“The addition of the EU and Germany to the four major neighboring countries shows the new government’s will to expand the horizon of the country’s diplomatic (ties),” the presidential office said in a statement.
For this new role, Moon chose Sogang University economist Cho Yoon-jae, and the chief delegates include a lawmaker and a former ambassador to Germany. Cho served former President Roh Moo-hyun as an economic adviser in 2003 and as Seoul’s ambassador to the UK between 2005 and 2008. The delegation also includes Bae Gi-chan, the chief director of United Korea Cooperative, a nongovernmental organization working for the reunification of the two Koreas.
|This combined file photo shows Hong Seok-hyun (L), a former chairman and CEO of the JoongAng Media Network; former Prime Minister Lee Hae-chan (2nd from L); and Democratic Party Reps. Moon Hee-sang and Rep. Song Young-gil (R). (Yonhap)|
For the critical role of special envoy to the US, Moon chose former Chairman of JoongAng Media Network Hong Seok-hyun. In the run-up to the May 9 presidential election, Hong was rumored to have presidential ambitions. However, after he chose to support Moon, rumors circulated that Moon was considering him for the post of prime minister.
Hong, who served as Seoul’s ambassador to the US in 2005, will be accompanied by a former diplomat, a national security expert and a ruling party lawmaker. Hong’s delegation is the only one to include a businessman -- Ryu Jin of defense contractor Poongsan.
“The president spoke to the leaders of major countries, and explained the government’s vision and policy direction on a number of crucial issues including North Korea’s nuclear program,” chief presidential press secretary Yoon Young-chan said.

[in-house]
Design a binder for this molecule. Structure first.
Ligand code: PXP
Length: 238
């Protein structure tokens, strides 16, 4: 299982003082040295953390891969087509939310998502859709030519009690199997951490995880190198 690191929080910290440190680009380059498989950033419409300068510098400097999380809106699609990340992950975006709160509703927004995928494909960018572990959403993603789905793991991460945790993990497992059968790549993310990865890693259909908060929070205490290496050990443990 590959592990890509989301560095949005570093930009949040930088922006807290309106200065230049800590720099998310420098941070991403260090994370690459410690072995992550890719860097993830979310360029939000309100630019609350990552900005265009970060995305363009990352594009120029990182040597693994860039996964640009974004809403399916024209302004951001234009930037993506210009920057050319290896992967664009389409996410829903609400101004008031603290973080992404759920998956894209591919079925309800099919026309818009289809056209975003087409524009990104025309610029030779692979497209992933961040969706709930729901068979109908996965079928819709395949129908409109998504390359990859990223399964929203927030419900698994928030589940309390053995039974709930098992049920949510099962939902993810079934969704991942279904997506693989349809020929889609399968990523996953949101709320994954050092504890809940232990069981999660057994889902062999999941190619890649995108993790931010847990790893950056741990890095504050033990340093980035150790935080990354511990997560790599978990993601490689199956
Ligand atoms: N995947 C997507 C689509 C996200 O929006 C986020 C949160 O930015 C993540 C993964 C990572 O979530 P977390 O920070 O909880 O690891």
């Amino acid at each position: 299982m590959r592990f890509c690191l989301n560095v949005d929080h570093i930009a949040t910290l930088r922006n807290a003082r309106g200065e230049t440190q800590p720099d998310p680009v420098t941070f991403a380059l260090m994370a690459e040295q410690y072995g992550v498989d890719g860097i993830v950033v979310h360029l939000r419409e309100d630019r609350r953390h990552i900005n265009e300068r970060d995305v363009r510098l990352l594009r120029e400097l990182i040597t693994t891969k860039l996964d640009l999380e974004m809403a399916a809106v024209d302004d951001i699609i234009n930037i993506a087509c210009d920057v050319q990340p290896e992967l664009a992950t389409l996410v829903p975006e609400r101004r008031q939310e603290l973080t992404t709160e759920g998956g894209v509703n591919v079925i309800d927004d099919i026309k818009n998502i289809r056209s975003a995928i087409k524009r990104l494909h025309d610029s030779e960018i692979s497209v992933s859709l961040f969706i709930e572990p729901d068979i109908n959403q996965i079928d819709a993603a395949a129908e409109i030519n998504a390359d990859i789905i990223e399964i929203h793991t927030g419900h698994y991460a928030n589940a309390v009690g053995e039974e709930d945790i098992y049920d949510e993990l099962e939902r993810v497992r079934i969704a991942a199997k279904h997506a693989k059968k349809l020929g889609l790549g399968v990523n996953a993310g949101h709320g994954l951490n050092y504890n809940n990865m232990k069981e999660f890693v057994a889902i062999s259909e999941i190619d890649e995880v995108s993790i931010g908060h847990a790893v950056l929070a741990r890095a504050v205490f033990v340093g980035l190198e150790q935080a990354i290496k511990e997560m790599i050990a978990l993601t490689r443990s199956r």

“(The special envoys) are individuals best equipped to convey the president’s visions in diplomatic affairs and have a clear understanding of them.”
The envoys’ connections to their destinations appear to have played a big part in the selection of the special envoys to China, Japan and Russia.
Special envoy to China, Rep. Lee Hae-chan of the ruling Democratic Party of Korea, served the same role for Roh while he was president-elect. He is said to have maintained close ties with Chinese leaders.
Lee’s selection was quickly met with positive assessment from the Chinese media.
In a Chinese-language report, China’s state-run Global Times assessed Lee’s selection as a move to improved strained relations between Seoul and Beijing. Citing Lee’s experience of representing Roh in Beijing and his ties to Chinese officials, the report said that the seven-term lawmaker was a pro-China figure.
In a separate but related development, the ruling party’s Rep. Park Byeong-seug is said to have met with Chinese President Xi Jinping on Sunday. Park is leading Seoul’s delegation to an international economic forum in Beijing.
At the meeting, Xi expressed hopes to improve relations, Park told reporters.
As for the special envoy to Japan, Rep. Moon Hee-sang is a veteran politician, who served as the chairman of the Korea-Japan lawmakers’ association between 2004 and 2008.
For special envoy to Russia, Moon chose the ruling party’s Rep. Song Young-gil. In 2013, Song was awarded a medal from the Russian government for his efforts in increasing exchanges between the two countries while he was mayor of Incheon. Song also currently serves as a deputy chairman of the Korea-Russia lawmakers’ association.
By Choi He-suk (firstname.lastname@example.org)